Boosting Web Video Categorization with Digraph Propagation

Sansan Hong and Feng Wang*

W

Fig. 1. External information associated with videos on sina video website.

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B can be refined by the category of A. First, we construct a digraph by taking all videos as the vertexes and the hyper- links between them as the edges. Second, SVM classifier is trained to get the probability scores of each test video for each category, and thus the probability scores can be taken as the initial weights of the vertexes of the graph. Third, the weight of each vertex is iteratively updated by the votes from its linked videos. Finally, the weights are used to determine the category of each video.

The remaining of this paper is organized as follows. Sec- tion 2 overviews the related work. Section 3 describes our proposed digraph-based approach. Our experimental results are presented and discussed in Section 4. Finally, Section 5 concludes this paper.

II. RELATED WORK

This section reviews the related work on video categori- zation. First, we introduce the new research trends of video categorization. Second, we discuss some related work of web video categorization by employing social information.

A. Studies on Video Categorization

Most existing works employ textual, audio, visual features or their combination [7] for classifier training in video cate- gorization. In [2], X. Yuan et al. propose a relatively scalable video type and subtype hierarchical structure. Ten computa- ble spatio-temporal features are extracted to classify videos by using a hierarchical Support Vector Machines. In [8], audio soundtrack, temporal structure, and color content are exploited to classify video genres. The improvement of this approach is verified respectively from classification per- spective, retrieval perspective, and relevance feedback per- spective.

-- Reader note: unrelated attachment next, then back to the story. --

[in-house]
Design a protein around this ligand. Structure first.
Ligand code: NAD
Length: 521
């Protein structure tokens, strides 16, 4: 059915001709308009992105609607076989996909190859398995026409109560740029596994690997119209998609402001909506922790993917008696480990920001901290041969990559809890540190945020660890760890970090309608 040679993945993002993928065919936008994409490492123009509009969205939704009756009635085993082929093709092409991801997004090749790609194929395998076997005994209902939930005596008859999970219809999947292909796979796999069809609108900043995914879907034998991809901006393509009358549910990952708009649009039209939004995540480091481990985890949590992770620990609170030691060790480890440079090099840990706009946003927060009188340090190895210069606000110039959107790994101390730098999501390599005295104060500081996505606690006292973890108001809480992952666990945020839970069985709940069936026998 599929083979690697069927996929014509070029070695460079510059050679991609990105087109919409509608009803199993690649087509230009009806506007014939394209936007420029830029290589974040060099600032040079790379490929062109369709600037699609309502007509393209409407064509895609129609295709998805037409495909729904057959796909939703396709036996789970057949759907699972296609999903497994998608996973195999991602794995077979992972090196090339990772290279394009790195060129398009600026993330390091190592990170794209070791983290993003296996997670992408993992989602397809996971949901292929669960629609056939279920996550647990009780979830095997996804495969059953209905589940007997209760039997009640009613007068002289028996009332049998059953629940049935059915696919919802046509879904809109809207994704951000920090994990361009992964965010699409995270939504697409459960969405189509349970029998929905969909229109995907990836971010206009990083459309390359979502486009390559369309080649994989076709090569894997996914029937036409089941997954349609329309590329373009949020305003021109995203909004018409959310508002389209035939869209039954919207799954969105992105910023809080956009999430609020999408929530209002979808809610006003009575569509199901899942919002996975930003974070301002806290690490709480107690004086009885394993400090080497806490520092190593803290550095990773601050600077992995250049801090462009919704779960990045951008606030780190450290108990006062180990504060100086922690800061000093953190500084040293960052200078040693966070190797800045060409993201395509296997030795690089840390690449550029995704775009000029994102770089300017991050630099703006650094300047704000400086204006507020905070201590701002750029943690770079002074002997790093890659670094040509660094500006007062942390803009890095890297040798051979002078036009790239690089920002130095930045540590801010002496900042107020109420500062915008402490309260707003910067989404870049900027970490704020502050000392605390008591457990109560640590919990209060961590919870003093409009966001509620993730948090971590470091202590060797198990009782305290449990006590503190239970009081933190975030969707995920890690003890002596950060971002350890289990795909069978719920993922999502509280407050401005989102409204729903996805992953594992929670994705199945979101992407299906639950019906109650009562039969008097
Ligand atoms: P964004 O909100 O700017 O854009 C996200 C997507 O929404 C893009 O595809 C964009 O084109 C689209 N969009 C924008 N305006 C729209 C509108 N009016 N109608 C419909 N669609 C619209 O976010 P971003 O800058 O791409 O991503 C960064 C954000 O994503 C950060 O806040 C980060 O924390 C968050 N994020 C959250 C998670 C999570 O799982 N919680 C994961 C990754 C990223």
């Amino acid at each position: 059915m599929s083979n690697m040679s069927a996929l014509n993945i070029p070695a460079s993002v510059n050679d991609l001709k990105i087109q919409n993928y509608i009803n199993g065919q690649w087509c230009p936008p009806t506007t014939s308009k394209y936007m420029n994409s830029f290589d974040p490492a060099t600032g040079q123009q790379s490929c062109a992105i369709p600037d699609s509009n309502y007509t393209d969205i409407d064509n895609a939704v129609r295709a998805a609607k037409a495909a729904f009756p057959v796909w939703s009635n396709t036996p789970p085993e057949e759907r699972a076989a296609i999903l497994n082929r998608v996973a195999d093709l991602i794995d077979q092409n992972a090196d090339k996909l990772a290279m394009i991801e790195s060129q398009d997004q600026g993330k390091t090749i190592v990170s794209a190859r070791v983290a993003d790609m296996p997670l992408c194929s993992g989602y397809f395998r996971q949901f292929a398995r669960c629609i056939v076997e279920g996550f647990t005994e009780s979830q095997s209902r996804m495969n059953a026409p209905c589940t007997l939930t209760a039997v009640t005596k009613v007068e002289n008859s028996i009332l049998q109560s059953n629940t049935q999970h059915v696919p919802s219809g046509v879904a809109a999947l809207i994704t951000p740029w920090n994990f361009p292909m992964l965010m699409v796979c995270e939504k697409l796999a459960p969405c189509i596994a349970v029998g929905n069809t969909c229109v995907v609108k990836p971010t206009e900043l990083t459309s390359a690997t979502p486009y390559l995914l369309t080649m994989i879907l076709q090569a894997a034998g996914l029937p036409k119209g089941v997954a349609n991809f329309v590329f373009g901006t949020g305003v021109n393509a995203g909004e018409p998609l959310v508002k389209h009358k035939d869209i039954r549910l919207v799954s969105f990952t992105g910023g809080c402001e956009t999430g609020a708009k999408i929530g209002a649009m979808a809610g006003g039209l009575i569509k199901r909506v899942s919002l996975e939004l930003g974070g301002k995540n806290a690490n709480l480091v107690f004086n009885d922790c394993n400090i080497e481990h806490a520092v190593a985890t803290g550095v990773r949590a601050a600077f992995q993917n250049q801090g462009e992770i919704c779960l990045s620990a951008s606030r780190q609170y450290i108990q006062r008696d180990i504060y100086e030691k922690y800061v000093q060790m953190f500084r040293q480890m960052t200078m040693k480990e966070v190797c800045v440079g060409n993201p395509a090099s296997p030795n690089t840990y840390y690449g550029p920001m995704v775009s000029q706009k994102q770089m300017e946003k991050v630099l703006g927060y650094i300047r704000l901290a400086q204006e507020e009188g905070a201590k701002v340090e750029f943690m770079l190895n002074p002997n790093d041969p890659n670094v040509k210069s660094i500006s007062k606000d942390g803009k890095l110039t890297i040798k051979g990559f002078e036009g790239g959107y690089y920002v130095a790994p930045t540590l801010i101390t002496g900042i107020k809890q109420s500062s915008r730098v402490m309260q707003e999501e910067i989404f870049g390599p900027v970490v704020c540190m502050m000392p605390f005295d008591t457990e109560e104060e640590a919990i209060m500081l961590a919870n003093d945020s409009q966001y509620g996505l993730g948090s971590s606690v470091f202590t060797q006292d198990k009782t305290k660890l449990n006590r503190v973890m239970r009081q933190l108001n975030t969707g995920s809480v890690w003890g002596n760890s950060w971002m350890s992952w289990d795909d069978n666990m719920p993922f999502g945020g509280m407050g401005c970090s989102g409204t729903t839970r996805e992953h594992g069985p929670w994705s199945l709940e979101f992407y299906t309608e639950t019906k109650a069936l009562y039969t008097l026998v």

In recent years, due to the unsatisfactory performance of video categorization by using a single video feature, some researchers attempt to combine various features such as text, audio, and visual information to improve the performance of video categorization. In [3], Yang et al. propose an approach including two modalities: semantic modality and text mo- dality. The semantic modality includes three features, i.e.

concept histogram, visual word vector model, and visual word Latent Semantic Analysis. The text modality includes video title, abstract and labels. The experimental results in- dicate that the proposed approach can improve the perfor- mance of video categorization on three classifiers including Support Vector Machine, Gaussian Mixture Model and Manifold Ranking. Xu et al. [5] extract visual features, Au- tomatic Speech Recognition transcripts, and text data to train a one-vs-all SVM classifier for video categorization.

Darin Brezeale et al. present a survey on automatic video classification [9]. They comprehensively analyze and com- pare the literatures of video categorization including text-based approaches, audio-based approaches, visual-based approaches, and the combination of the above three modali- ties.

B. Web Video Categorization with Social Information Generally,video pages of social video sites include ad- ditional social information such as the playlist, user interest, user comments, and links to other related videos. These so- cial information can be utilized for video categorization.

In [6], user comments are extracted and a text-based clas- sifier is employed to improve the performance of video cat- egorization. By combining text-based classifier and con- tent-based classifier, the proposed approach outperforms the single feature based classifiers. In [10], Yew et al. address web video categorization from a social construction per- spective. The interactions such as user comments on videos, the information about user sharing videos, and user chatting information are valuable to determine the video genre. A Naïve Bayes classifier is employed to predict the video cat- egories.

In [7], Xiao Wu et al. boost web video categorization by combining the model-based and data-driven approaches.

Text features from the title and tags are used to train the model-based classifiers. The related videos and user videos are utilized to meet the shortfall of text features. Moreover, the data-driven approach complements experimental results from the perspective of video relevance and user interest [7].

However, they simply assign a confidence score to each video by counting the total number of its related videos. The mutual links between different videos are not taken into account.

III. WEB VIDEO CATEGORIZATION WITH DIGRAPH PROPAGATION